Like the Social Security COLA, the CSRS COLA tracks the CPI-W exactly. This is because CSRS retirees cannot claim social security and derive their retirement benefits exclusively from their CSRS pension. However, FERS retirees also receive a social security check, so their COLA equals the CSRS minus 1 percent (7.7 percent). 

Other 2023 Social Security Adjustments

While the social security tax rate will remain the same in 2023—7.65 percent for employees and 15.3 percent for the self-employed—there are a few other significant changes to social security policy:

  • The maximum taxable earnings cap will be raised from $147,000 to $160,200
  • The amount of earnings required for a quarter of coverage will increase from $1,510 to $1,640.
  • The Retirement Earnings Test Exempt Amount for those under retirement age will rise from $19,650 to $21,240 annually. For those at the full retirement age, the number will increase from $51,960 to 56,620 annually.  

Social Security Disability Threshold Adjustments

The SSA is also raising the thresholds for how much people with disabilities can earn from substantial gainful activity (SGA) before losing eligibility for disability payments.

Substantial Gainful Activity (SGA)              2022  2023 

Non-Blind           $1,350/mo.         $1,470/mo. 

Blind           $2,260/mo.                     $2,460/mo. 

Trial Work Period (TWP)                              $ 970/mo.                     $1,050/mo.

Changes in Medicare

In addition to the annual COLA change, the federal government announced some additional measures to provide relief from inflation to retirees, such as changes in Medicare benefits. Medicare premiums will be lower for Medicare Part B, but Medicare Part A will significantly increase.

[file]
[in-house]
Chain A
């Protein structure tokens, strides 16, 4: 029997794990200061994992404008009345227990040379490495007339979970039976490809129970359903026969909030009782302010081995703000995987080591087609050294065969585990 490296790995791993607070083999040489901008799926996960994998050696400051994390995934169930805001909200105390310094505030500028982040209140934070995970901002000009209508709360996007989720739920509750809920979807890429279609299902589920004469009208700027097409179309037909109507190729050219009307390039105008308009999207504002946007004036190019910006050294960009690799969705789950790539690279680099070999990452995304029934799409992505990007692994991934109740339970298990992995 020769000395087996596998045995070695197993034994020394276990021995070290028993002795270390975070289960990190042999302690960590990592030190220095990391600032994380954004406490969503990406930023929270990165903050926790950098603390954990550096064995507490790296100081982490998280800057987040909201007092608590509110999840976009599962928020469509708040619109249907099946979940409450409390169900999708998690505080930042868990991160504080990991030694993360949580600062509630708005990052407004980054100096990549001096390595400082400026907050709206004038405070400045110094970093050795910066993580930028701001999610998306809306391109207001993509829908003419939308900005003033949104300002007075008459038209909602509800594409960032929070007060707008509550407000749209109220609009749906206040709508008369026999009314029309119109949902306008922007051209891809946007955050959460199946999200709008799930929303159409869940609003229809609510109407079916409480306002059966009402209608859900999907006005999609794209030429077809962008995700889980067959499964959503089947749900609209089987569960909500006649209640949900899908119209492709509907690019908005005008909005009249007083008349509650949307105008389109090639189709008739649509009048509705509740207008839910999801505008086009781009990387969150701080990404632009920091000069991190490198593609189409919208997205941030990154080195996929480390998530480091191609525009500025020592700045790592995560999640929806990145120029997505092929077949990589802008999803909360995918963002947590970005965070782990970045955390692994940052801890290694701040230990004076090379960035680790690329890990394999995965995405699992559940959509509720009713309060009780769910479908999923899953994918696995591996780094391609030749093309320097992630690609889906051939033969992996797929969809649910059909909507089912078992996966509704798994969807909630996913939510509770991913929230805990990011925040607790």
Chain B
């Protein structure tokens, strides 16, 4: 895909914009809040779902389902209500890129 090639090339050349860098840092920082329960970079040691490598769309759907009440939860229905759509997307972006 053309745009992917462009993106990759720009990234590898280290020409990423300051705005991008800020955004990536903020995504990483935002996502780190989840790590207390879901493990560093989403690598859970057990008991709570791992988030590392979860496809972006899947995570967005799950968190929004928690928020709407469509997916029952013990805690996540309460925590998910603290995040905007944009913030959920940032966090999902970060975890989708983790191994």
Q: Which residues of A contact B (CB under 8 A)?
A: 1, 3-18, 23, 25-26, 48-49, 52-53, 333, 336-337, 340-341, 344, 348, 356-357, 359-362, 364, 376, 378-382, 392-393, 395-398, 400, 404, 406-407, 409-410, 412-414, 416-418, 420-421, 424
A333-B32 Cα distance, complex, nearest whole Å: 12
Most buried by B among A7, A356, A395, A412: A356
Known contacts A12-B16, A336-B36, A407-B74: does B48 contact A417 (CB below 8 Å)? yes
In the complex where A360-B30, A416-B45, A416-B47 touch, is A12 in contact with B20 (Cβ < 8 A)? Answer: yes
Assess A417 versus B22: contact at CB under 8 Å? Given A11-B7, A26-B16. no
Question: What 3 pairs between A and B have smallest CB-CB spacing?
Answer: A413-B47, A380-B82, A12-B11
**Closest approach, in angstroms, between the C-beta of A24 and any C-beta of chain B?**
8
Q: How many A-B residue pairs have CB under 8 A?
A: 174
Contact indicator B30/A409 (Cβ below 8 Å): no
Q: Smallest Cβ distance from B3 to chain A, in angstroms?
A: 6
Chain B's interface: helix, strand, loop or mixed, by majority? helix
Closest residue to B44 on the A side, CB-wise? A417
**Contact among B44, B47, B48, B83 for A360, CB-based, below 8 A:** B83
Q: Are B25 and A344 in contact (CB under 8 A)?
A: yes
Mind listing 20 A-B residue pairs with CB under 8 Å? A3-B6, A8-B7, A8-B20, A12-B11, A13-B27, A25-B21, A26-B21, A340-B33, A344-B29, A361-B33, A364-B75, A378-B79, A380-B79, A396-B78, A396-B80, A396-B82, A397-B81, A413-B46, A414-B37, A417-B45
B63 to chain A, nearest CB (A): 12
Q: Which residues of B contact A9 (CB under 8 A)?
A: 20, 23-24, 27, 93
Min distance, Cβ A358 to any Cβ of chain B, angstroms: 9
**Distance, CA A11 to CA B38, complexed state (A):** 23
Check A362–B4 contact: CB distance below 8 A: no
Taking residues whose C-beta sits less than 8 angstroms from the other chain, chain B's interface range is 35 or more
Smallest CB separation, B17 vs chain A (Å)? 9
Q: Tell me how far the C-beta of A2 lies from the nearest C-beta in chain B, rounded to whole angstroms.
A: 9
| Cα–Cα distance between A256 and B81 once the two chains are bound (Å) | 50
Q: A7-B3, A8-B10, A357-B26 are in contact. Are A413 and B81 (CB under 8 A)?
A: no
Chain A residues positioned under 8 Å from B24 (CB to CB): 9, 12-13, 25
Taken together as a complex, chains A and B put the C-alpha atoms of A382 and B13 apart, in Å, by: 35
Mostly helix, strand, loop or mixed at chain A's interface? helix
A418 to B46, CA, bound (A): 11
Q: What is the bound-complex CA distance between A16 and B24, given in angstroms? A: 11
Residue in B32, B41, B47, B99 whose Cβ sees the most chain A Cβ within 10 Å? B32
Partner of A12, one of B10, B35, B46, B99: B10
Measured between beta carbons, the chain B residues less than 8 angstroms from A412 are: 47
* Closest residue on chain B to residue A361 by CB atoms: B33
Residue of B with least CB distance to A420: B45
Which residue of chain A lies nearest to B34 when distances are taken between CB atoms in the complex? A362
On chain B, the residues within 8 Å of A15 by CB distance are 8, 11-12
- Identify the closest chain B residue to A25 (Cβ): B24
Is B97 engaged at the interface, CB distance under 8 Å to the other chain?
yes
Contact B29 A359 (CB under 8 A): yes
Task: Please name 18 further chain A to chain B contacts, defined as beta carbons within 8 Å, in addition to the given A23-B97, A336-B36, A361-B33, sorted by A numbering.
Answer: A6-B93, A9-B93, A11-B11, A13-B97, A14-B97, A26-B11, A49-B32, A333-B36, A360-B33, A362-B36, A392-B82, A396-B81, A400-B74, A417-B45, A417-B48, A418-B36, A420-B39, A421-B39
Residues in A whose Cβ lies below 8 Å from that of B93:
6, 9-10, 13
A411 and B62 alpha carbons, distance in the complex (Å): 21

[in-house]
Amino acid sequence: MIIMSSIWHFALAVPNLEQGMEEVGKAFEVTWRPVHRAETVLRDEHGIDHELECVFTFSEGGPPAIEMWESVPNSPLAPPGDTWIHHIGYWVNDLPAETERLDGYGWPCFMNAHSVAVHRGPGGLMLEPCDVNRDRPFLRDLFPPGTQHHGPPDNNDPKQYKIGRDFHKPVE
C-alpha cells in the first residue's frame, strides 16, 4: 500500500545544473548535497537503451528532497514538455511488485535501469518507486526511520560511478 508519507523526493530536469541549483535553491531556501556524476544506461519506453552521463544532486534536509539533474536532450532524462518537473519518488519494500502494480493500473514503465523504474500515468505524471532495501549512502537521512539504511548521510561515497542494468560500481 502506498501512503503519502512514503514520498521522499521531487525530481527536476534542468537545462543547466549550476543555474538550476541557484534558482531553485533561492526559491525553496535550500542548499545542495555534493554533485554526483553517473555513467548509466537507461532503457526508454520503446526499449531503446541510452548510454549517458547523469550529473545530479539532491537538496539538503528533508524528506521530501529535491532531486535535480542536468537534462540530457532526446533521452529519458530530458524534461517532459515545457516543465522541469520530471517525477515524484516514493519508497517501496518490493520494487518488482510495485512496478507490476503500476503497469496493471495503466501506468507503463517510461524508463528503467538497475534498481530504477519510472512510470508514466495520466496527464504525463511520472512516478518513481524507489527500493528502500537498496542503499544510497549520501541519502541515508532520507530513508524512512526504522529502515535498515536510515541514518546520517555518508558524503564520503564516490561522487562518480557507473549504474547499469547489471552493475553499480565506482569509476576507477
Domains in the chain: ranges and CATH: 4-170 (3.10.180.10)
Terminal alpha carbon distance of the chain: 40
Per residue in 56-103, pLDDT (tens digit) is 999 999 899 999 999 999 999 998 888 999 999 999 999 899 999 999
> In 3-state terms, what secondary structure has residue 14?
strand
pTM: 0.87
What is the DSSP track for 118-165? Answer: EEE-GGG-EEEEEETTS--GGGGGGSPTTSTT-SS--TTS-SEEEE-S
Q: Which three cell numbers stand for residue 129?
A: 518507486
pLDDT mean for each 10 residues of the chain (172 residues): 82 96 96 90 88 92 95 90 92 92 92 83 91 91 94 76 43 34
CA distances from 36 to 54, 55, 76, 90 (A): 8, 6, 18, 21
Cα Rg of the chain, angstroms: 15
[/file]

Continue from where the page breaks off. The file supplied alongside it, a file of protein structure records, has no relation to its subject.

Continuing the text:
Modest Increase in Medicare Part A Costs

There will be a marginal increase in some Medicare Part A services prices. Part A covers things like inpatient hospitalization, rehabilitation, hospice care, and skilled nursing facilities.    

  • The inpatient hospital deductible will increase from $1,556 to $1,600.
  • Daily coinsurance for the 61st through the 90th day will increase from $389 in 2022 to $400.
  • Daily coinsurance for lifetime reserve days will increase from $778 to $800.
  • Skilled nursing facility coinsurance will increase from $194.50 to $200 in 2023.

Reduction in Medicare Part B Premiums

While out-of-pocket costs for inpatient services under Part A will go up, retirees will see a slight decrease in their monthly premiums and annual deductibles under Medicare Part B, which covers doctor’s visits, outpatient hospital care, medical devices, and many other everyday health expenses.

  • The standard monthly premium will decrease from $170.10 to $164.90.
  • The annual deductible will decrease from $233 to $226

Medicare Part D Adjustment

If you are an individual with an adjusted gross income (AGI) of more than $97,000 or a couple of Medicare beneficiaries with an AGI of more than $194,000, you may see an increase in your monthly adjustment amount under Medicare Part D, the component of Medicare that covers prescription drug costs.

The monthly adjustment amount varies by AGI:

chart of Medicare Part D amounts


Due to high inflation, the federal government will increase retirement and disability benefits by 8.7 percent. The average retiree will see a $140 increase in their monthly social security check, while most beneficiaries of Supplemental Security Income (SSI) will see their annual benefits increased from $10,092 to $10,970. 

For more information, visit the SSA website.